Posts Tagged ‘development’


Has Your Agile Ship Sailed?

December 8, 2010

Sorry agile purists.  In the real world, most development groups that are using agile techniques (a surprisingly small percentage vs. the industry hype) are not using a “pure” agile approach.  They are using a blend of agile and waterfall techniques to the tune of more than 10 to 1, according to a recent article on Application Development Trends.  The article discusses a European survey of this topic published by a tool vendor.  (Caveat Emptor – Remember if you choose to download and read the actual “study”, it is really a vendor marketing piece based on the survey results – not the actual survey).  I guess the assertion that “waterfall is dead” is as premature as that of the mainframe also being dead.

 Is anyone surprised?  Contrary to what we are constantly barraged with by the agile marketers shouting “Agile, agile!” there is no need to swallow the agile elephant whole.  If you are in an organization that is not using agile techniques, don’t be tempted to lunge headlong into adopting everything agile, just because think you are missing the boat.  Not so.  This article / survey show what other studies have recently shown – that organizations doing agile are not (yet) in the majority.  Another indicator is that the primary tools being used to manage agile projects are still Microsoft Excel and Project.  And many groups are just using ad-hoc tools or working manually.

 So you still have time.  Learn from the majority of the organizations surveyed and adopt agile practices a few at a time.  Target the areas where you have the most problems and try out some lightweight practices.  Find out what works for you, give it time to diffuse into your organization, and then move on to adding additional practices.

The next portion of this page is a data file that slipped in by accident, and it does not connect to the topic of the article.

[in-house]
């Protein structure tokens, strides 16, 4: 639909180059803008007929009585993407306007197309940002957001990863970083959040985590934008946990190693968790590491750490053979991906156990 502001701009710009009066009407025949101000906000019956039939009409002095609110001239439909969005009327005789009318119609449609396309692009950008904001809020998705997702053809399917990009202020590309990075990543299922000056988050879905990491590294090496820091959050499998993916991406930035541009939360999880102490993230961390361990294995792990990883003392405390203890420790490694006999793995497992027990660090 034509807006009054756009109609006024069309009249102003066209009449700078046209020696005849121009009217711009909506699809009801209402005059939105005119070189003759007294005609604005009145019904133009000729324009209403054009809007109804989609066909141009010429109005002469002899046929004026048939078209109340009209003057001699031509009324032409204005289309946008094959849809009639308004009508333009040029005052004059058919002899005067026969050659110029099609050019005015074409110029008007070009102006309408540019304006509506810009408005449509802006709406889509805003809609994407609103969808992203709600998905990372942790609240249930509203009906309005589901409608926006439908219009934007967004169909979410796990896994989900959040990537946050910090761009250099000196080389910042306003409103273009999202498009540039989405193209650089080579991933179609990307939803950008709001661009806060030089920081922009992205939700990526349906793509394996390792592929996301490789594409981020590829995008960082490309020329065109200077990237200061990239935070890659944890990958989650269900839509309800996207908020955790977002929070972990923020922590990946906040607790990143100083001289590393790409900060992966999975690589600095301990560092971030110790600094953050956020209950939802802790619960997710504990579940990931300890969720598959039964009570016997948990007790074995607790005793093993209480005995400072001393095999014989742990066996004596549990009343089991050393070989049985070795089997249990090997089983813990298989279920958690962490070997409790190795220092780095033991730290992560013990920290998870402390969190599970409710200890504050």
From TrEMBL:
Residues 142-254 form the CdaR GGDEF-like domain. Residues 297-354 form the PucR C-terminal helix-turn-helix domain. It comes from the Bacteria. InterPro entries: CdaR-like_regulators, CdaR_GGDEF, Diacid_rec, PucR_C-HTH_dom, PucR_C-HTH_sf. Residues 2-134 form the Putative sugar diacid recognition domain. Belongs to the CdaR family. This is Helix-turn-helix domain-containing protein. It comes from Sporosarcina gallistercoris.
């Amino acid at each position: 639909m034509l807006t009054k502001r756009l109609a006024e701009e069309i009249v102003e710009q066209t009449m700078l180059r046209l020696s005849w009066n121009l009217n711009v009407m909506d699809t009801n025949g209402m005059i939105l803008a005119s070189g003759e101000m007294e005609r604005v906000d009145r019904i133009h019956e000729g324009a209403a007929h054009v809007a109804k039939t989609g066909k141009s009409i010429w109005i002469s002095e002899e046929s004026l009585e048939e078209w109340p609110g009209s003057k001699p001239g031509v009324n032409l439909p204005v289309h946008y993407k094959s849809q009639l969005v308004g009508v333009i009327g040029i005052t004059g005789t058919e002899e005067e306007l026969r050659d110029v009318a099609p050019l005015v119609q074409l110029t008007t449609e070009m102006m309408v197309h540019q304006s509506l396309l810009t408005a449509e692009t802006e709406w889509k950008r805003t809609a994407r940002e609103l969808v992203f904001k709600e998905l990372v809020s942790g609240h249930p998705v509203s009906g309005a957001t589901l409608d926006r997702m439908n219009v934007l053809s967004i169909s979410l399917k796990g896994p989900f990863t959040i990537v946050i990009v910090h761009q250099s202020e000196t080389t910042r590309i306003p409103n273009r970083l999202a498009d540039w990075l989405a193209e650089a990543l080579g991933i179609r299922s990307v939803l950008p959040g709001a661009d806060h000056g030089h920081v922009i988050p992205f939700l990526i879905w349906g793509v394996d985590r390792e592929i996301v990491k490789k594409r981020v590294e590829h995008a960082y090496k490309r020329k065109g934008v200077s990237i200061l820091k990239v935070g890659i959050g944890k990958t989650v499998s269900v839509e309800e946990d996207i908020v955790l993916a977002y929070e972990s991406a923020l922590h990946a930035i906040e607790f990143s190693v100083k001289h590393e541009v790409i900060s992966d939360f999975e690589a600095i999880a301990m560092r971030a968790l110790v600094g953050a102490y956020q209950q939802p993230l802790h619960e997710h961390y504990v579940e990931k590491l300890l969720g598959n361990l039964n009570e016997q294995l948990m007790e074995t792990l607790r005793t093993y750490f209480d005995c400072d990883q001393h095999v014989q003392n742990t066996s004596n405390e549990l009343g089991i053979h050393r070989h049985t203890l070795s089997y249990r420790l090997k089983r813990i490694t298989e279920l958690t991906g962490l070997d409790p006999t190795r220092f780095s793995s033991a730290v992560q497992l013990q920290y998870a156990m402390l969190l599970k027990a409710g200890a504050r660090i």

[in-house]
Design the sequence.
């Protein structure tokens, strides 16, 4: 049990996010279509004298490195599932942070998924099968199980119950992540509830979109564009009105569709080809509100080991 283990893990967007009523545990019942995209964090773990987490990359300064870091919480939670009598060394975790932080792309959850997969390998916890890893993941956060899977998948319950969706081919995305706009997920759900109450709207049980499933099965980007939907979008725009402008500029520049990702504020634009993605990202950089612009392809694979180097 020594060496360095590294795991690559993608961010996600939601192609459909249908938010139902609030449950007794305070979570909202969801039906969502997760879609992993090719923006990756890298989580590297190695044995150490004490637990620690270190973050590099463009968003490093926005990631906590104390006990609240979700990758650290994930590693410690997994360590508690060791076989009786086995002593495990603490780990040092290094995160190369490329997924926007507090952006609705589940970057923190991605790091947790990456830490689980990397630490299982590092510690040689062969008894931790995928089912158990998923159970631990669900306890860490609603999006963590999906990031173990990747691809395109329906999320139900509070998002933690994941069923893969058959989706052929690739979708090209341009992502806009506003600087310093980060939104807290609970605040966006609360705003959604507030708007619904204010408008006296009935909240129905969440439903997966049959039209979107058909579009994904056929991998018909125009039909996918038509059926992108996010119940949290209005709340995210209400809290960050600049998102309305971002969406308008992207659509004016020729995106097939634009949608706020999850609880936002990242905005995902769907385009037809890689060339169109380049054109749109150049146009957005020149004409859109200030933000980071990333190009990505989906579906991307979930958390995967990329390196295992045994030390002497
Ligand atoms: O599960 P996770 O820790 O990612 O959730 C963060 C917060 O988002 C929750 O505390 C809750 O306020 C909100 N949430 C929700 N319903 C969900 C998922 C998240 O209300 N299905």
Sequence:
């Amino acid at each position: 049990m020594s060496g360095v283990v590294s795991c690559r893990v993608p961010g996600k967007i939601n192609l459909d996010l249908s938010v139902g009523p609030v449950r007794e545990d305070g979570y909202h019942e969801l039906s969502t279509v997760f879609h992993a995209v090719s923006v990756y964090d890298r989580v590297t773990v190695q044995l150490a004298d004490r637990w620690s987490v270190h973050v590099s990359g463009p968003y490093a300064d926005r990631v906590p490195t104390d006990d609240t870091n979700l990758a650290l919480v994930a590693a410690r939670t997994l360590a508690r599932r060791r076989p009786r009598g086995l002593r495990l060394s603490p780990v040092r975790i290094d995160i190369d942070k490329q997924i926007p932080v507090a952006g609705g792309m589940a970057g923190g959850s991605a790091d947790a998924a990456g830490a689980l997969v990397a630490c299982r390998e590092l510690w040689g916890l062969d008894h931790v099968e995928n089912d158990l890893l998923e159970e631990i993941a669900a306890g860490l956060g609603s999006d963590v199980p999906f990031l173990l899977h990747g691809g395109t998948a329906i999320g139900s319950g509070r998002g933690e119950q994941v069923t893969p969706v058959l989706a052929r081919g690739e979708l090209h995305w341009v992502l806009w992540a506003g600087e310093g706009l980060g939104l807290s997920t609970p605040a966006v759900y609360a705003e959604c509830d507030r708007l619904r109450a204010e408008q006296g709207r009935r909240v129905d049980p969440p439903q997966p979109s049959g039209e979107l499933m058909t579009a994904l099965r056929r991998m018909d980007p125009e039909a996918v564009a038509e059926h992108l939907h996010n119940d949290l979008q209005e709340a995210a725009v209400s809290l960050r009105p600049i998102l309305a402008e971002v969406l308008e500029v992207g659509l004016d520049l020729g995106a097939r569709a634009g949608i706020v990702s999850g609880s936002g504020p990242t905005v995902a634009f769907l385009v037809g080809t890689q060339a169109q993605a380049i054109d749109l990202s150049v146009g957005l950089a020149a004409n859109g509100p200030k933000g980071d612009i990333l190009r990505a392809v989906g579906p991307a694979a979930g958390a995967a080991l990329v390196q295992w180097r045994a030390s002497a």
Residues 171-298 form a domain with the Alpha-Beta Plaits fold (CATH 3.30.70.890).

What you will find is that it is not usually about the tools or about the agile practices themselves.  Most of the challenges in agile adoption are about people and organizations.  This survey cites resource management, cultural issues, change management, perceived loss of control, and executive buy-in as major stumbling blocks.  A “tools first” approach will not solve these.  Nor will a process-only approach.  While you are adopting more lightweight techniques, also look at your people issues and assess whether those can be resolved.  Otherwise they will be the rocks upon which your agile ship will run aground.


What Would You Like To See…For Free?

August 17, 2010

We are beginning a project to develop freely available online content. But first, we need your opinion on what topics this content should cover. Please take a moment to answer these five quick questions so that we can provide you the information that you need. Click here to go to the survey. Thanks for your input.


Don’t Rewrite the UML

May 25, 2010

In software development there are best practices there are also worst practices. When bad practices become a common pattern of behavior they can attain “anti-pattern” status. In this article, I’d like to introduce you to the “I Did It My Way” © anti-pattern. Read about it at If you are interested in additional articles, you can find more at


Fun With Frames and the User Experience Model

April 12, 2010

Development teams don’t necessarily receive “requirements” from their stakeholders as use cases, textual requirements, user stories, or even “drive-by requirements” (where the stakeholder throws a yellow sticky note – that contains their latest requirement – over your cubicle wall as they walk down the hallway). And sometimes the end users (an important stakeholder) are so focused around the user interface of the system, that suggesting changes to their user interface is the only way they know how to express their needs.